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Veteran of a Thousand Psychic Wars
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Link Posted: 3/26/2016 1:37:49 PM EST
I suppose it is possible to convey more ignorance with less words, but I doubt I will ever see it in my lifetime.--Bohr Adam

If LAV promotes using the slide lock/release to chamber a round after a mag change, then he should be ignored.-MP0117
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Link Posted: 4/16/2016 1:57:57 PM EST
The linked video is pretty interesting from a retro stand point but I've set the link below to start with the introduction of the rifle into the combat theater on a larger scale in Vietnam as it relates to this thread topic.

https://youtu.be/u0dlkgkbPgE?t=29m54s

Wes

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Link Posted: 4/16/2016 2:49:57 PM EST
One of the problems with the 30/06 case that the 308 was meant to rectify was the thin rim.
The end of the world isn't in my plan, but circling the wagons is. -Andres Duany.
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Link Posted: 4/16/2016 3:54:37 PM EST
My father is a devout M1 fan (with experience from the Korean War, to include use of the bayonet in the counter-attack) who transitioned to the M14 and then the M16. He shot in combat in Korea (a four-year veteran to include Task Force Smith), Vietnam, Laos, and Cambodia, as well as against paper targets across the east coast and Camp Perry.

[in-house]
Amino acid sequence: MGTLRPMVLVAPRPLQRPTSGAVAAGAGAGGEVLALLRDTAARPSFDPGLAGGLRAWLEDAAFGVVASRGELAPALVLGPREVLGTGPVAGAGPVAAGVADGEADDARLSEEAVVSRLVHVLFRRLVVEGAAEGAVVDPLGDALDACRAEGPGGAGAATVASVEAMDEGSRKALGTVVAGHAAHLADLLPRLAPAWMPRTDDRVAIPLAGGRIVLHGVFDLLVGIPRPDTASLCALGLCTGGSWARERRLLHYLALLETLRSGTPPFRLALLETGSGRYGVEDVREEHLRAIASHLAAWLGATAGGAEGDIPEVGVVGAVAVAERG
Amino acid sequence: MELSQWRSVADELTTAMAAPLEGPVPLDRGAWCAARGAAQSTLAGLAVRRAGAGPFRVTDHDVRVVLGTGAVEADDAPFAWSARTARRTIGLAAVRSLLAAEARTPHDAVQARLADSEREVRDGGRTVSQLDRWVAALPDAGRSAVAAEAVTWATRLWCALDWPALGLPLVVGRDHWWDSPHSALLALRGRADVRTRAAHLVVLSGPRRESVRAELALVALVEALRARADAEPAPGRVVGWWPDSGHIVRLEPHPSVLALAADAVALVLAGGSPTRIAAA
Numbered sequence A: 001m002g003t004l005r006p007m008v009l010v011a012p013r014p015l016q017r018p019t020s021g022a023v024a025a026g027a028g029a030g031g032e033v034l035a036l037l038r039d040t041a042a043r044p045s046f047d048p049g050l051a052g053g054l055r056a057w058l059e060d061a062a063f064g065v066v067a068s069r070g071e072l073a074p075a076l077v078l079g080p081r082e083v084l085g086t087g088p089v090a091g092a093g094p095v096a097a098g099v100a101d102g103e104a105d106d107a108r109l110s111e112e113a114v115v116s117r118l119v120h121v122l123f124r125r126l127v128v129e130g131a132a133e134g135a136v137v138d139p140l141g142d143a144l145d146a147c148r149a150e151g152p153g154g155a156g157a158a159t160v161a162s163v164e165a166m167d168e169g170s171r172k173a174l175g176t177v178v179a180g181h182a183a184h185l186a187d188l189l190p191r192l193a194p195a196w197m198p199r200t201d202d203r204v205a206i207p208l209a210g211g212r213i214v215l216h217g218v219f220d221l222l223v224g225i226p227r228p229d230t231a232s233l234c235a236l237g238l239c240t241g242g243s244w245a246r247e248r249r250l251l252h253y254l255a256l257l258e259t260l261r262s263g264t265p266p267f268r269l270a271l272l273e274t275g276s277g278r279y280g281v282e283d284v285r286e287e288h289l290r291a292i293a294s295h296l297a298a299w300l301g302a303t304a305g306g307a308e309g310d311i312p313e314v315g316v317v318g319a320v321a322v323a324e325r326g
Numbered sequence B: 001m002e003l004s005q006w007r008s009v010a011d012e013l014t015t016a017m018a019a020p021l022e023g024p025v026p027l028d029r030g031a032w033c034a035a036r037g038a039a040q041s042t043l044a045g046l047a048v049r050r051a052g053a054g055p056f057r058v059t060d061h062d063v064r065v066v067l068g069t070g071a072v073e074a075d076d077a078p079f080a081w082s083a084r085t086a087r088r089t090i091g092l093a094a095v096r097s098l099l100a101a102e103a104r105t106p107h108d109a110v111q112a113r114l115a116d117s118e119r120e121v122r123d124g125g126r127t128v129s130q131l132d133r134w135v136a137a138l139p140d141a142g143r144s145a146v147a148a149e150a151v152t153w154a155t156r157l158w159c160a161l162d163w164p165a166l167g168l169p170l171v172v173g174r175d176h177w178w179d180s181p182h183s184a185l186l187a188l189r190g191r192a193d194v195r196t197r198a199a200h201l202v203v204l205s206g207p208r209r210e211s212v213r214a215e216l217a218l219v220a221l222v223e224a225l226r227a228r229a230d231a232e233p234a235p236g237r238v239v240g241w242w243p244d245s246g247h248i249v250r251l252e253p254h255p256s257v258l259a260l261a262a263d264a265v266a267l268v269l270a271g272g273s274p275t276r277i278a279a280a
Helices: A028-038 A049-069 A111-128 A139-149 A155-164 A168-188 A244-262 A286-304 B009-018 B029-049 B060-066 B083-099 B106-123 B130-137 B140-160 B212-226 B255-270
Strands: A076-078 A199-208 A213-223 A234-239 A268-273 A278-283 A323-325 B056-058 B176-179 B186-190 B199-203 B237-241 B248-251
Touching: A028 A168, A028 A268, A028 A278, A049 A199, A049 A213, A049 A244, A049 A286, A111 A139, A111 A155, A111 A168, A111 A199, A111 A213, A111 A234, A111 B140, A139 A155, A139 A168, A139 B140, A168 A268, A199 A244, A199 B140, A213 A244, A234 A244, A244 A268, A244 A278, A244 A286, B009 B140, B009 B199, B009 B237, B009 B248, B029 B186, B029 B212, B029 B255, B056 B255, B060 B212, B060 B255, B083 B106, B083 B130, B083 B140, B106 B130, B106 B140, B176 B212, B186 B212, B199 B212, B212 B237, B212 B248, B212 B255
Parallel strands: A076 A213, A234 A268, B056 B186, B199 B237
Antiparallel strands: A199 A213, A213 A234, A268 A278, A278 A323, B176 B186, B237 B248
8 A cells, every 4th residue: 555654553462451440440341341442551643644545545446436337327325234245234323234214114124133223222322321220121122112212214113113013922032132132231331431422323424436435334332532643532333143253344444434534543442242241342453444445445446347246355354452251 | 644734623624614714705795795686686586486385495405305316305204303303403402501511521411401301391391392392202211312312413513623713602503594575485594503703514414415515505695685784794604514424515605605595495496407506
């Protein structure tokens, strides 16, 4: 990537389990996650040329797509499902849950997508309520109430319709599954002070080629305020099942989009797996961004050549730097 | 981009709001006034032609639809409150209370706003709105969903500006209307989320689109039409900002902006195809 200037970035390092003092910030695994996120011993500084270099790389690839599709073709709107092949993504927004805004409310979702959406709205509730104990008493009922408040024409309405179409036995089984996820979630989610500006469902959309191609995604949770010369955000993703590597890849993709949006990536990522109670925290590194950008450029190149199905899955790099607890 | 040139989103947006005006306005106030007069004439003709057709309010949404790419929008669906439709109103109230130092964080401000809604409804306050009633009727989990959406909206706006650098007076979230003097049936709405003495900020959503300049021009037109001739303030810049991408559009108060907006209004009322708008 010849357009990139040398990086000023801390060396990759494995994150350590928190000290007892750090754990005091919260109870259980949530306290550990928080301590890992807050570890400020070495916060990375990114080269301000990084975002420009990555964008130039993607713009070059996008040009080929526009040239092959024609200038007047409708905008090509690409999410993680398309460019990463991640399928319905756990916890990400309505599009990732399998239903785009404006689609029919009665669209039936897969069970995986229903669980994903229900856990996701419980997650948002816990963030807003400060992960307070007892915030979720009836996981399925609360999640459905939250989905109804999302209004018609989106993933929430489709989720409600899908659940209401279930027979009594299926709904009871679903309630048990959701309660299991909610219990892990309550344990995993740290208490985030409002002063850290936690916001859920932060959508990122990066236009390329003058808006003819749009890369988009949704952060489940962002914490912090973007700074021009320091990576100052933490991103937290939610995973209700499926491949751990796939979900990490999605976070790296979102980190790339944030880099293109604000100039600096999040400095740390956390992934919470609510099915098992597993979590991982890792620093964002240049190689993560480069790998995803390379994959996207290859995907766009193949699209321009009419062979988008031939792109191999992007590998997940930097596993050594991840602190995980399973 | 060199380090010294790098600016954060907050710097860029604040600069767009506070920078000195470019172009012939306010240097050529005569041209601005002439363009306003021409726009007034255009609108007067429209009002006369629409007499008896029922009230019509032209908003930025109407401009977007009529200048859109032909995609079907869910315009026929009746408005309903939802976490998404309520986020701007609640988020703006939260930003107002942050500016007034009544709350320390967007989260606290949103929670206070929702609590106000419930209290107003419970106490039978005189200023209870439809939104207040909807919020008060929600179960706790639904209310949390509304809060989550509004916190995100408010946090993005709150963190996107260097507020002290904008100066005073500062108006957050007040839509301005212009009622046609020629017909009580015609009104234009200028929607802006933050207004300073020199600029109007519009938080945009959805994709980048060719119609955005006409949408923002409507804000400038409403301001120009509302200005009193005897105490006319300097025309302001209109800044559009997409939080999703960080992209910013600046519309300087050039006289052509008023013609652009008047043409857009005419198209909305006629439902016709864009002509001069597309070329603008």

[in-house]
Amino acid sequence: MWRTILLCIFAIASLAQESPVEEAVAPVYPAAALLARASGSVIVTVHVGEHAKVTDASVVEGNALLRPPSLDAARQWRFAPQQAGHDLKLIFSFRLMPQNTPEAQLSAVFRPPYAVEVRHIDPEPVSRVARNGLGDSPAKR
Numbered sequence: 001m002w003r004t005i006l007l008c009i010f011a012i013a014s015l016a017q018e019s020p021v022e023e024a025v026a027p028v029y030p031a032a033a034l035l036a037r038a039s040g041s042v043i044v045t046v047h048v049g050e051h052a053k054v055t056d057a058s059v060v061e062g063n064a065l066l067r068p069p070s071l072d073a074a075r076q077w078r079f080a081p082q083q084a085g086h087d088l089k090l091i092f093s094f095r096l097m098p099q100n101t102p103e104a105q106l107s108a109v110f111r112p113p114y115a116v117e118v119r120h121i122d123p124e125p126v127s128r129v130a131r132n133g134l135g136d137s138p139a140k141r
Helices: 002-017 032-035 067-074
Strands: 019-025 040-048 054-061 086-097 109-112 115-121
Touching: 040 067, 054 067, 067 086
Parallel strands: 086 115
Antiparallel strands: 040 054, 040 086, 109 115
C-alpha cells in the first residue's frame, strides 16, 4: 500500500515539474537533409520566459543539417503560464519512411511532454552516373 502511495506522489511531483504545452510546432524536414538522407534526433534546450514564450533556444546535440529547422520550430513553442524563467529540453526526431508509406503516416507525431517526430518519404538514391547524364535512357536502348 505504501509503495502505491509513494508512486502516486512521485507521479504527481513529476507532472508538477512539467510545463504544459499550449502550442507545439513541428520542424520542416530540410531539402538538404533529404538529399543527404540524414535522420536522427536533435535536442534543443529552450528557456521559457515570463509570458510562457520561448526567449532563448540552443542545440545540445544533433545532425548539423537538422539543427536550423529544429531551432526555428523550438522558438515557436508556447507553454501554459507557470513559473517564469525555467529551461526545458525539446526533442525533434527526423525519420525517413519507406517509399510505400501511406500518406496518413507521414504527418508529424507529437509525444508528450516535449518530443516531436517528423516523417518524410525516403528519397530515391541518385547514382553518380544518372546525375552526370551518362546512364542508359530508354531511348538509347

When I specifically asked him of his M16 experience with indigenous soldiers as well as GIs he stated they were generally very good rifles. He equipped troops with early commercial .22 cleaning kits, and later made sure everyone had plenty of GI cleaning equipment. If you look at a lot of 101st Airborne Division photos of grunts you'll see a significant number with a bottle of LSA stuck in helmet elastic bands.

I can balance the early tragi-comedy of M16 failures with my own experience and observations in southeast and northeast Asia starting in the late 70s. I saw many M16A1 rifles with allies, as well as other imported and indigenous-produced small arms throughout Thailand, Singapore, Malaysia, the Philippines, Korea, mainland Japan, and other places (to include maritime areas of North Africa, the Mediterranean, and the Middle East).

Rifles used or stored in the tropics (monsoonal) or maritime coastal nations on the Equator will rust in a heartbeat if not properly cleaned, lubed, and maintained. Period. Steel guns will rust.

WCC-844 and military CFE ball powders are produced in one of two US plants. Anything specialized or exotic (to include a stick powder) are made in Canada or imported. Lake City Army Ammunition Plant still uses ball powder because it meters so well in automatic loading systems.

M16A1s still soldier on in many nations, operating in some very challenging conditions.

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